Two incidents this year of a no-ball being wrongly called and denying a bowler a wicket in a Test match were behind the ICC's decision to trial handing the process over to the third umpire. Adrian Griffith, the ICC's senior manager for umpires and referees, said that the ICC Cricket Committee had subsequently asked for the issue to be looked at and suggested it could be the next step in making the third umpire a specialist position.
In Wellington, where Doug Bracewell bowled Adam Voges, who was on 7 at the time and made 239, then at Lord's, where Nuwan Pradeep did the same to Alex Hales, an erroneous call of "no-ball" by the standing umpire prevented the legitimate fall of a wicket - the latter sparking a protest from the visitors' dressing room. It is to remove such occurrences from the game that during England's ODI series with Pakistan over the next fortnight a system using fixed cameras and an electronic signal sent to the on-field umpires will be assessed by the ICC.
Informal tests of how the technology would work have been carried out during the English summer and it will now be put into action in live match situations, to assess the effect on the third umpire's workload and to address any unforeseen issues before taking the proposals forward.
"The cricket committee this year said, we want to look at something to assist the umpires with calling no-balls, because we've had the two incidences where no-balls were called and a wicket has fallen - and you can't reverse it," Griffith told ESPNcricinfo. "The cricket committee has said we want to look at something and this is what we've put forward to look at. And we'll trial it and go back with our findings.
"In the games that have been played in England, with Sri Lanka and now Pakistan, we've been looking at systems to see how it would work, we've had our third umpire sit there and try it out. So we got some feedback on that and we got the sense, yes, it could work. But unless we put it in a live game we really wouldn't know what it can do, what the limitations are. So first we check the technology and now we put it in a real, live trial."
Marais Erasmus and Simon Fry will be the two men taking turns in the TV umpire's chair during the forthcoming series and getting to grips with the system. They will see a live feed of each delivery, followed 1.5 seconds later by a shot of the front foot landing; if after consulting replays it is determined a no-ball has been bowled, the third umpire will send a signal to a "pager watch", similar to the kind used in football's goal-line technology to tell a referee if the ball has crossed the line.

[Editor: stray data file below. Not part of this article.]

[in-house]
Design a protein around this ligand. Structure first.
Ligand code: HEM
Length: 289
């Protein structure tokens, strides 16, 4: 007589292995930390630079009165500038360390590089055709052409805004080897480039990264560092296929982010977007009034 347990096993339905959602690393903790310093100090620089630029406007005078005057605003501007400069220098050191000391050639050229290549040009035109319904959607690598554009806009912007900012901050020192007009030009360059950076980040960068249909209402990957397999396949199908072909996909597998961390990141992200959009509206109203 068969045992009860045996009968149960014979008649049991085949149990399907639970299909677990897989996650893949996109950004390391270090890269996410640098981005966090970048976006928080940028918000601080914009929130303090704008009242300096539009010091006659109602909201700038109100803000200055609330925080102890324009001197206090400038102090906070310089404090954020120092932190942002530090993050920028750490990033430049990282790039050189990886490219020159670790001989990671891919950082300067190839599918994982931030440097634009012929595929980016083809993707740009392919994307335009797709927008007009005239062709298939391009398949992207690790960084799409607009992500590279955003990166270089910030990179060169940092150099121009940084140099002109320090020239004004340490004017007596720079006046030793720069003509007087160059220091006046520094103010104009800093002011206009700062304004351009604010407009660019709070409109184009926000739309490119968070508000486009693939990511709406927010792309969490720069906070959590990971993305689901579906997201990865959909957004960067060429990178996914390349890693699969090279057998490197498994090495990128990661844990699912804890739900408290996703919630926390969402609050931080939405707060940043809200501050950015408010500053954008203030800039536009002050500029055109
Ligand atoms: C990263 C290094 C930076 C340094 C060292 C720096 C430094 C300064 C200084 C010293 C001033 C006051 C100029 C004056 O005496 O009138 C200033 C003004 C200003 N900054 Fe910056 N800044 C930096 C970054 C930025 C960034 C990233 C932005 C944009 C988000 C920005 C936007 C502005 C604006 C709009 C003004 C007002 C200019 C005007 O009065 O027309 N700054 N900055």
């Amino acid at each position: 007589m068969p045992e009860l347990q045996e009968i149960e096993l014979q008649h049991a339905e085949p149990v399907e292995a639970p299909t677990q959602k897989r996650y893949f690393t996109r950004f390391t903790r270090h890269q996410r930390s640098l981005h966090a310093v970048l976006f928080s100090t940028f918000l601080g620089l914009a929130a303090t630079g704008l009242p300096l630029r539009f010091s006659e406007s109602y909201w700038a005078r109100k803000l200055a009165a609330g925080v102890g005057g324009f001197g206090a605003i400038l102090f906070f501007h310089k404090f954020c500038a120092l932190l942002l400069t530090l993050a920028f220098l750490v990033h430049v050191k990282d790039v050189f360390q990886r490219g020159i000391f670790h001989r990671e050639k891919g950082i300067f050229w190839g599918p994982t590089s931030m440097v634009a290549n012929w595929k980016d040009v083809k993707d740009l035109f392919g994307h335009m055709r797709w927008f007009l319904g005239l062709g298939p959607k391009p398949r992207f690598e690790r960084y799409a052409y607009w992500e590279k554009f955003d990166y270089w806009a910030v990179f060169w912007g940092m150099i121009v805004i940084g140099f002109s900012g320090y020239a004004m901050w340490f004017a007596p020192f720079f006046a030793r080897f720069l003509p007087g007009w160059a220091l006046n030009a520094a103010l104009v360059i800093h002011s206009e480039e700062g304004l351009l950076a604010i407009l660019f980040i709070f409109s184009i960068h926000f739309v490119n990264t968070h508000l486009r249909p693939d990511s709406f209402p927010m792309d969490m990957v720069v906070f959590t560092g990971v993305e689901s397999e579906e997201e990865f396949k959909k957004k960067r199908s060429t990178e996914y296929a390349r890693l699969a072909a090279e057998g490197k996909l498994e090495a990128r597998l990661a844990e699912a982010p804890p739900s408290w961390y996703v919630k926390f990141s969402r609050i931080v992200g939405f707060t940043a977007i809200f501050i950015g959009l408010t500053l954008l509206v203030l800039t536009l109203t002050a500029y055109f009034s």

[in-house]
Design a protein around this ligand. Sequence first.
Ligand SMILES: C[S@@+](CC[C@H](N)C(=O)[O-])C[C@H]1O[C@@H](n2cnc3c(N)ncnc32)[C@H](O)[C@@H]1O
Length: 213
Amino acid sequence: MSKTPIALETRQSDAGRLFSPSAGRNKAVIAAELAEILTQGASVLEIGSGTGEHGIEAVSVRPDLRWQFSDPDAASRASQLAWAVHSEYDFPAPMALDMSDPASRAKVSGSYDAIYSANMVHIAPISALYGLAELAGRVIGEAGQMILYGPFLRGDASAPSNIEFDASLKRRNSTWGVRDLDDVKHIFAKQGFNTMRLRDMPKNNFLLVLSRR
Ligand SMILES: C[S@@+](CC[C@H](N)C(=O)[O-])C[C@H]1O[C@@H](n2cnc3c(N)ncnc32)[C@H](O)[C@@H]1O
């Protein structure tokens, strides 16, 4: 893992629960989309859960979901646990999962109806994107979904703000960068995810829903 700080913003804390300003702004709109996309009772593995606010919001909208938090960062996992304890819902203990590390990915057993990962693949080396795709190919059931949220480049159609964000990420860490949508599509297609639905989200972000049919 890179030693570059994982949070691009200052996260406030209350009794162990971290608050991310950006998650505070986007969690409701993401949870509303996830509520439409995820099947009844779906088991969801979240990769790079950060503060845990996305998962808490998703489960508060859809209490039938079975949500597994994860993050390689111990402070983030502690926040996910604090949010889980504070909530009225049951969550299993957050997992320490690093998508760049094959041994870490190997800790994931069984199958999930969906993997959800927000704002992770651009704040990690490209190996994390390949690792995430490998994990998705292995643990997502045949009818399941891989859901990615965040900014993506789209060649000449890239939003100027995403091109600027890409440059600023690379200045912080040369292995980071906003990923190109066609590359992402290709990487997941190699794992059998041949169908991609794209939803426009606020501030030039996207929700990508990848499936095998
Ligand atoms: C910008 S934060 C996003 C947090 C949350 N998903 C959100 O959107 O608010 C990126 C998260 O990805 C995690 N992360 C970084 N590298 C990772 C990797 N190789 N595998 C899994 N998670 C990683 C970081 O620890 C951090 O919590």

With the third umpire also having to oversee the DRS and help adjudicate on a variety of other issues including run-outs, stumpings and whether a catch has carried, sometimes led by the view of the on-field umpires, Griffith said there was an increasing likelihood that the position would become a distinct one. "We've been thinking about that anyway, we've been looking at the feasibility and taking it towards specialist umpire anyway," he said. "This may change the third umpire but we were always heading in that direction."
Along with how the new system affects the third umpire's job, Griffith and his team will be looking at whether the delay in calling no-balls has an impact on the game itself. Both teams have been told that the on-field umpires will not be calling no-balls themselves and are happy to see how the experiment goes. Slowing the game down is a potential side effect, although it could also help save time by cutting out the process of checking for the no-ball after a dismissal.
"We want to see what sort of timings it is, the flow of the game, because we don't want to affect the game adversely," Griffith said. "So those are the things we're looking at, the flow of the game, what extra work, what limitations does it put on the third umpire, if any, what the teams think about it, how it affects the broadcast… To understand if what we're trying to do is fit for purpose."
From here, after the five ODIs in England and Wales, Griffith will collect feedback from all those involved in the trial and then present the findings to the ICC's cricket committee, which will look at whether it could be rolled out in all international competition.
Asked whether he thought the system would be beneficial, Griffith said: "Yes, from what we have seen. In game, there will be things thrown at you that you probably didn't think of, or hadn't gone through, or different situations present themselves. But from what we've seen, to get to this stage, we're happy that the technology works and it is worthwhile to go forwards."